never be sufficiently possessed by a numer-
ous and changeable body. It can only be
found in a number so small that a sensi-
ble degree of the praise and blame of public
measures may be the portion of each in-
dividual; or in an assembly so durably in-
vested with public trust, that the pride and
consequence of its members may be sensibly
incorporated with the reputation and pros-
perity of the community. The half-yearly
representatives of Rhode Island would prob-
ably have been little affected in their delib-
erations on the iniquitous measures of that
State, by arguments drawn from the light
in which such measures would be viewed by
foreign nations, or even by the sister States;
whilst it can scarcely be doubted that if the
concurrence of a select and stable body had
been necessary, a regard to national charac-
ter alone would have prevented the calami-
ties under which that misguided people is
now laboring.
    I add, as a SIXTH defect the want, in
some important cases, of a due responsibil-
ity in the government to the people, aris-
ing from that frequency of elections which
in other cases produces this responsibility.
This remark will, perhaps, appear not only
new, but paradoxical. It must nevertheless
be acknowledged, when explained, to be as
undeniable as it is important.
    Responsibility, in order to be reason-
able, must be limited to objects within the
power of the responsible party, and in or-
der to be effectual, must relate to opera-
tions of that power, of which a ready and
proper judgment can be formed by the con-
stituents. The objects of government may
be divided into two general classes: the one
depending on measures which have singly
an immediate and sensible operation; the
other depending on a succession of well-
chosen and well-connected measures, which
have a gradual and perhaps unobserved op-
eration. The importance of the latter de-
scription to the collective and permanent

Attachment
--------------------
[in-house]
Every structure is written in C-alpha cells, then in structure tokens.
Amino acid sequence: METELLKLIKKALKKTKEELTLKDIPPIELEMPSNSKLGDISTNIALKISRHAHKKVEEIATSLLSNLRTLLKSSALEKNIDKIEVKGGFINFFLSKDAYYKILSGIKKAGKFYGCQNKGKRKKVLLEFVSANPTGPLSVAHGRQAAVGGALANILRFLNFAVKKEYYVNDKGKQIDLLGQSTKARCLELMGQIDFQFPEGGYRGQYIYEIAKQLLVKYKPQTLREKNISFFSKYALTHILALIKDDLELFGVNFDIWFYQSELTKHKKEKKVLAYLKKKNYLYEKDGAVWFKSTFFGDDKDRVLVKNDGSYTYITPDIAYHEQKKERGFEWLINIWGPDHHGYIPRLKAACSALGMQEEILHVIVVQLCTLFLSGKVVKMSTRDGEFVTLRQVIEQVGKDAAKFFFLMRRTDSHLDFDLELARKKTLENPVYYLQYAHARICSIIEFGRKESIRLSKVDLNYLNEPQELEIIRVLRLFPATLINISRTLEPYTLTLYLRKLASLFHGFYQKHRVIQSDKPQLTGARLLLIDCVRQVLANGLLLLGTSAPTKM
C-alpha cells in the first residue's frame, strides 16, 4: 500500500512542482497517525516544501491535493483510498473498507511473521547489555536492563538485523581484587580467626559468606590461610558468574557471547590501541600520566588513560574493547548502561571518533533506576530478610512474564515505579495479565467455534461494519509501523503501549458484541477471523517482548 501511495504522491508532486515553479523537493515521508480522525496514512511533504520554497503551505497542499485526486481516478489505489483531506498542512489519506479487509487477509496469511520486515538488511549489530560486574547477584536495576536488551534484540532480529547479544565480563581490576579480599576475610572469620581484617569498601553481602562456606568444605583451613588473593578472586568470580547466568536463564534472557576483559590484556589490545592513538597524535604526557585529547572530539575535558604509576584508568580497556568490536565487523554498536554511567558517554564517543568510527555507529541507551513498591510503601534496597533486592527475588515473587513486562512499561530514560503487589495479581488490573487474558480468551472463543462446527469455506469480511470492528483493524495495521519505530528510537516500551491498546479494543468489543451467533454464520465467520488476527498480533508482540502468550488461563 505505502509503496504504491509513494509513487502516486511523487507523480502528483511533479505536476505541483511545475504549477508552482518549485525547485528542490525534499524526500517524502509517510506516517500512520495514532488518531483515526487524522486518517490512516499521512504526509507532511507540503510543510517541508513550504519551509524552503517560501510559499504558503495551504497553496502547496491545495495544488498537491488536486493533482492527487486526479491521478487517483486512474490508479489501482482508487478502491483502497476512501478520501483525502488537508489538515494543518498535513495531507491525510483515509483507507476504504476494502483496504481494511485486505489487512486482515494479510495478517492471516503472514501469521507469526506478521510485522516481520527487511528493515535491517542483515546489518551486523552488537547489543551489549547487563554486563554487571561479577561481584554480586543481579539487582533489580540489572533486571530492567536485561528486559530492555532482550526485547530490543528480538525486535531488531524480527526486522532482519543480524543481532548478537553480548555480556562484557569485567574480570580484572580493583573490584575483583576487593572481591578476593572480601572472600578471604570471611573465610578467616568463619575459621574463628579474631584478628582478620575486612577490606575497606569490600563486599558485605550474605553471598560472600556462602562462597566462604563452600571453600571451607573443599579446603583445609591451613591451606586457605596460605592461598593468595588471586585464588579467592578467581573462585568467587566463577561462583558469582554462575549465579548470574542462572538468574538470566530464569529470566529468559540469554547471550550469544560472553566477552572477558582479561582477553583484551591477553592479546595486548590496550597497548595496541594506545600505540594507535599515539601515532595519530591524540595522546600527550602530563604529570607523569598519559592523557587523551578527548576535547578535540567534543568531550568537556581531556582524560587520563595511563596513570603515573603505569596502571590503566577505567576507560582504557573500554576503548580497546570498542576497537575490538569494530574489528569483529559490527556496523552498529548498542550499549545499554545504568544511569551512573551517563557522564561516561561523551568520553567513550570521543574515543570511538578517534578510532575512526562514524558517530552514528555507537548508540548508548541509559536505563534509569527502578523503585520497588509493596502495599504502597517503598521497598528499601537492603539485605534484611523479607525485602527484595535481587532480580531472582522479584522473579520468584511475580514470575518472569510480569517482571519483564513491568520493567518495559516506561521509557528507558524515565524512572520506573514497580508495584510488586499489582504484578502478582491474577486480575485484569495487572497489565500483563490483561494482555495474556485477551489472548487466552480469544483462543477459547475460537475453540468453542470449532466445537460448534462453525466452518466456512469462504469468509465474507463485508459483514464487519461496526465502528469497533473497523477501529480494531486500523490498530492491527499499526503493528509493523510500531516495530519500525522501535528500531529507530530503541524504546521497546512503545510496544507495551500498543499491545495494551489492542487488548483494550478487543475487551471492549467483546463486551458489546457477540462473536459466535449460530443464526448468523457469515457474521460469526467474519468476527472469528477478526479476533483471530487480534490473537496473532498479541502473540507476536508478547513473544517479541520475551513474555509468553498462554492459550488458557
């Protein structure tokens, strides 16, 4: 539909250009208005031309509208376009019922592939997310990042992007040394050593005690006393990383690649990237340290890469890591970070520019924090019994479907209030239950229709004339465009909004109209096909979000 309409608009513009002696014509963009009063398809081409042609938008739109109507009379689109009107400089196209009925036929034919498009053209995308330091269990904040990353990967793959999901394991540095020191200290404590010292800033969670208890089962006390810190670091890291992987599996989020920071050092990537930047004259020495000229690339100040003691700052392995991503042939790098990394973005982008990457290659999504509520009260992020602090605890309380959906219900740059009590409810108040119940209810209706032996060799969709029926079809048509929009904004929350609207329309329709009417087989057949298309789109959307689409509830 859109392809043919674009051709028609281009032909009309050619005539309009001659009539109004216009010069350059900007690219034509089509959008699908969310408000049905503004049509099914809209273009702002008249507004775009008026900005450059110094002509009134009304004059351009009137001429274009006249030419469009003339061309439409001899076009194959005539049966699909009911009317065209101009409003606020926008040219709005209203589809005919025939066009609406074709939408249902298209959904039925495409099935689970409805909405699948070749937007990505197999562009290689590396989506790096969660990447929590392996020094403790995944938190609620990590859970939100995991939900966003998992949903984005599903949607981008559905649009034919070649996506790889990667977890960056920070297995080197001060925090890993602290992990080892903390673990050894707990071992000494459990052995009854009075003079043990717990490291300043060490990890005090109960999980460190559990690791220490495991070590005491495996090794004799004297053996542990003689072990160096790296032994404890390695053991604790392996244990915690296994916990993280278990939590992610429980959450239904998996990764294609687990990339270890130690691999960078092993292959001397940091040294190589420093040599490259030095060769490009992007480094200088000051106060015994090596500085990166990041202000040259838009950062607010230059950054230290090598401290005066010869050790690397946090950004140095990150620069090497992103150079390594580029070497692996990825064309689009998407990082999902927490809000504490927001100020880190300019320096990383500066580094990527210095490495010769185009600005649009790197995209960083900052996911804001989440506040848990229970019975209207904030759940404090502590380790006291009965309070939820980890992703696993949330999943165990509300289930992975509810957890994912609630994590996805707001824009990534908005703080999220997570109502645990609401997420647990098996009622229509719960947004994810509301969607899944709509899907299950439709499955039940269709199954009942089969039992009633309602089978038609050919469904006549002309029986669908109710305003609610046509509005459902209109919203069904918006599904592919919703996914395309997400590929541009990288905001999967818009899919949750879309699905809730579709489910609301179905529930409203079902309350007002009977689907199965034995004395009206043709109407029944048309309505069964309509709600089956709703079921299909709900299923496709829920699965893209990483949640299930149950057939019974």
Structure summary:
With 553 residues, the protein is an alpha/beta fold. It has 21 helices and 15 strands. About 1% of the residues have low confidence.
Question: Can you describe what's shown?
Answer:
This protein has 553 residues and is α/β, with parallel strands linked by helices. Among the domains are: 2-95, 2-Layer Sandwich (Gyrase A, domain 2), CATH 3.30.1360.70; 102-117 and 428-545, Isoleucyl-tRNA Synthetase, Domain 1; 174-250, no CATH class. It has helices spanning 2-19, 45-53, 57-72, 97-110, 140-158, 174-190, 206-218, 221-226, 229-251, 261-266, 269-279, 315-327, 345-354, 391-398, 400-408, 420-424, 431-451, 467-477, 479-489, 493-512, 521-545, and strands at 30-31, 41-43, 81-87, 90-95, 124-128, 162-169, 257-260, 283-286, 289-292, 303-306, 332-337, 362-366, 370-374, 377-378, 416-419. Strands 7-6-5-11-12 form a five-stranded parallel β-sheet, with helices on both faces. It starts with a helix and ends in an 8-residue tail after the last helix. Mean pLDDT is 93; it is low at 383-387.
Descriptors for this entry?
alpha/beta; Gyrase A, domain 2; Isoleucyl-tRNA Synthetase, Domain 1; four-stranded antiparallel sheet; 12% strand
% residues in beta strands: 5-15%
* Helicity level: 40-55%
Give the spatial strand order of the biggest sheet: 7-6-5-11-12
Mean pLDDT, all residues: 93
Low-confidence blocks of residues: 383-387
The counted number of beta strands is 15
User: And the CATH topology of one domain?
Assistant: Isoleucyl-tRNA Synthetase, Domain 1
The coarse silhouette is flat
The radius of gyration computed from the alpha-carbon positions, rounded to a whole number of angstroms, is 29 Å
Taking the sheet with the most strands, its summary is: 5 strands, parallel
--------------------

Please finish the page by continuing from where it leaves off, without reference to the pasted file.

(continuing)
welfare of every country, needs no explana-
tion. And yet it is evident that an assembly
elected for so short a term as to be unable
to provide more than one or two links in
a chain of measures, on which the general
welfare may essentially depend, ought not
to be answerable for the final result, any
more than a steward or tenant, engaged for
one year, could be justly made to answer
for places or improvements which could not
be accomplished in less than half a dozen
years. Nor is it possible for the people to es-
timate the SHARE of influence which their
annual assemblies may respectively have on
events resulting from the mixed transactions
of several years. It is sufficiently difficult
to preserve a personal responsibility in the
members of a NUMEROUS body, for such
acts of the body as have an immediate, de-
tached, and palpable operation on its con-
    The proper remedy for this defect must
be an additional body in the legislative de-
partment, which, having sufficient perma-
nency to provide for such objects as require
a continued attention, and a train of mea-
sures, may be justly and effectually answer-
able for the attainment of those objects.
    Thus far I have considered the circum-
stances which point out the necessity of a
well-constructed Senate only as they relate
to the representatives of the people. To a
people as little blinded by prejudice or cor-
rupted by flattery as those whom I address,
I shall not scruple to add, that such an in-
stitution may be sometimes necessary as a
defense to the people against their own tem-
porary errors and delusions. As the cool
and deliberate sense of the community ought,
in all governments, and actually will, in all
free governments, ultimately prevail over the
views of its rulers; so there are particular
moments in public affairs when the peo-
ple, stimulated by some irregular passion,
or some illicit advantage, or misled by the
artful misrepresentations of interested men,
may call for measures which they themselves
will afterwards be the most ready to lament
and condemn. In these critical moments,
how salutary will be the interference of some
temperate and respectable body of citizens,
in order to check the misguided career, and
to suspend the blow meditated by the peo-
ple against themselves, until reason, jus-
tice, and truth can regain their authority
over the public mind? What bitter anguish
would not the people of Athens have of-
ten escaped if their government had con-
tained so provident a safeguard against the
tyranny of their own passions? Popular lib-